They may not look it, but toads are cozy creatures. Every winter, the amphibians sojourn underground, digging snug earthen burrows in which they can hibernate until spring.
No wonder the toad gives its name to one of the homiest dishes of the British canon: toad in the hole, a cluster of crisp-skinned sausages nestled in a puff of Yorkshire pudding and topped with onion gravy.
Some say the moniker came to be because the sausages resemble toads peeking out from their winter retreats, but I think the name is a better match for the dish’s spirit—digging into those deeply savory sausages and their accompanying custardy, herb-scented pudding is as comforting as a warm burrow on a snowy day.
Sign up for the Cook's Insider newsletter
The latest recipes, tips, and tricks, plus behind-the-scenes stories from the Cook's Illustrated team.
Toad in the hole (not to be confused with the American egg-and-toast breakfast that shares its name) has been served in Britain since Victorian times as a fortifying, low-lift dinner.
First, fashion a traditional Yorkshire pudding batter; a thin, pourable mix of milk, flour, eggs, and salt plus thyme and pepper for flavor and then set it aside (many Yorkshire pudding recipes call for hours of rest to relax the gluten in the batter and promote more rise, but I found this made minimal difference in this recipe).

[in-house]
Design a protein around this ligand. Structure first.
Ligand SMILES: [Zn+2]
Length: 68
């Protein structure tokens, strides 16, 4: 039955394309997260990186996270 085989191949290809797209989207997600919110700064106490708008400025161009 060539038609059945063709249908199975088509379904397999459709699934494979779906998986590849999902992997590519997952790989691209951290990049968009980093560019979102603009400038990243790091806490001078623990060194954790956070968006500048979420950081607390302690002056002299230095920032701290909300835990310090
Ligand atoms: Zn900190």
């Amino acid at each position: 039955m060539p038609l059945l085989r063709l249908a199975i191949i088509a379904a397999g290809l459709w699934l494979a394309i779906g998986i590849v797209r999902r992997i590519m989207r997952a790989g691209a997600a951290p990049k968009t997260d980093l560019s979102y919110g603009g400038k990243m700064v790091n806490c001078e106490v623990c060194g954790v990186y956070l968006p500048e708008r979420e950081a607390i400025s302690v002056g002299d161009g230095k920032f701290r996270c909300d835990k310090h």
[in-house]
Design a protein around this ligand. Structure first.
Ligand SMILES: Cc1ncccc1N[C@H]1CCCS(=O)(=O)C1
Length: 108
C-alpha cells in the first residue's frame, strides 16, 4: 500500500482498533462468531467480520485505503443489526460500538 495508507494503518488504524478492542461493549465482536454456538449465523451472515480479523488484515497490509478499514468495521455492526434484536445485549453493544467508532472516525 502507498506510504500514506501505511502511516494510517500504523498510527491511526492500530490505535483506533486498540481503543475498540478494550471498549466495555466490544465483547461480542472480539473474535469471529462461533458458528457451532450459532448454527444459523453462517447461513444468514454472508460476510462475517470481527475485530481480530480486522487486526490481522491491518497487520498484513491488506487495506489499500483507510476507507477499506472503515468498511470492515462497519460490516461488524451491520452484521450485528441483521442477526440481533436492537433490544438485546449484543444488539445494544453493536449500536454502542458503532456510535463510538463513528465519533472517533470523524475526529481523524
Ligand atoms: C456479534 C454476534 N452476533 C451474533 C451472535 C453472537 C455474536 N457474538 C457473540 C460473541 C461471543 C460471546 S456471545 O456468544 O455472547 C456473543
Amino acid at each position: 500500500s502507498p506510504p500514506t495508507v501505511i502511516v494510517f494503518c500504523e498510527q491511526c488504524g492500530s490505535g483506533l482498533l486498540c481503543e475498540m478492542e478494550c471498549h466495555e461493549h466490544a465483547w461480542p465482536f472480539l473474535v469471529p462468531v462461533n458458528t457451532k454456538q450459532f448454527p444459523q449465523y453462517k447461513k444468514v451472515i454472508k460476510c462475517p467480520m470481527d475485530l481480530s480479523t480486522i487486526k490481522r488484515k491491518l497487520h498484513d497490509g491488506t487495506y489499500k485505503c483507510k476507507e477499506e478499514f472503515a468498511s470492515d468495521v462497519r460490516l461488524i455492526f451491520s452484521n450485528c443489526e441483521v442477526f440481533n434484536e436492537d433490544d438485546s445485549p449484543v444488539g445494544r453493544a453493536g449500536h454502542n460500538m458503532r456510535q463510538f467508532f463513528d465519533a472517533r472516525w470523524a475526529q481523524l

Next, sear some sausages—usually Cumberland, a spiced British type, but bratwurst makes a good across-the-pond substitute—and then pour the batter over the bronzed links, tilting the pan to envelop them.
From there, simply let the oven do its magic: In the heat, the pudding’s surface rapidly sets, and as the moisture in the high-hydration batter turns to steam and expands, the surface stretches, and the Yorkshire inflates like a balloon around the sausages. The steam cools quickly when removed from the oven, and the pudding collapses into vibrantly textured, airy folds: The center is marvelously dense and soft, while the edges are crisper and well browned. Transfer the skillet to the table along with a boat of tawny onion gravy, and dinner is served.
It’s that simple: So why not hop to it tonight?